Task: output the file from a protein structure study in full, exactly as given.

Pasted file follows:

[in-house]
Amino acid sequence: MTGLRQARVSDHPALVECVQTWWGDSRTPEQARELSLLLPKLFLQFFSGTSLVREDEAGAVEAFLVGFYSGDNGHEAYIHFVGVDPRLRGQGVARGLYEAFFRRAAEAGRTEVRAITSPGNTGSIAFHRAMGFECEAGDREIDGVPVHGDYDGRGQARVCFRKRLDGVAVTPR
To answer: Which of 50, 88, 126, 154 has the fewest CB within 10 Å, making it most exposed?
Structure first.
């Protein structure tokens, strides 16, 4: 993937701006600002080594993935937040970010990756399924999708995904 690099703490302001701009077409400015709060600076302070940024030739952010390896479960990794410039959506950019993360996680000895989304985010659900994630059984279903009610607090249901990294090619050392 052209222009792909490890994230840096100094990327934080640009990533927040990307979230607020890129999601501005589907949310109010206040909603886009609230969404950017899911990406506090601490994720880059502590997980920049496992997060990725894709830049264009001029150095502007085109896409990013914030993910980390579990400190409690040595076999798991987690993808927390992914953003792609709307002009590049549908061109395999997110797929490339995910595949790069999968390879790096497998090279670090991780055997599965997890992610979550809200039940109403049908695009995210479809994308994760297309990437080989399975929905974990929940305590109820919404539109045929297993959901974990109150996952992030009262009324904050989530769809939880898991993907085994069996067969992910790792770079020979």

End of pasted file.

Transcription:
[in-house]
Amino acid sequence: MTGLRQARVSDHPALVECVQTWWGDSRTPEQARELSLLLPKLFLQFFSGTSLVREDEAGAVEAFLVGFYSGDNGHEAYIHFVGVDPRLRGQGVARGLYEAFFRRAAEAGRTEVRAITSPGNTGSIAFHRAMGFECEAGDREIDGVPVHGDYDGRGQARVCFRKRLDGVAVTPR
To answer: Which of 50, 88, 126, 154 has the fewest CB within 10 Å, making it most exposed?
Structure first.
């Protein structure tokens, strides 16, 4: 993937701006600002080594993935937040970010990756399924999708995904 690099703490302001701009077409400015709060600076302070940024030739952010390896479960990794410039959506950019993360996680000895989304985010659900994630059984279903009610607090249901990294090619050392 052209222009792909490890994230840096100094990327934080640009990533927040990307979230607020890129999601501005589907949310109010206040909603886009609230969404950017899911990406506090601490994720880059502590997980920049496992997060990725894709830049264009001029150095502007085109896409990013914030993910980390579990400190409690040595076999798991987690993808927390992914953003792609709307002009590049549908061109395999997110797929490339995910595949790069999968390879790096497998090279670090991780055997599965997890992610979550809200039940109403049908695009995210479809994308994760297309990437080989399975929905974990929940305590109820919404539109045929297993959901974990109150996952992030009262009324904050989530769809939880898991993907085994069996067969992910790792770079020979």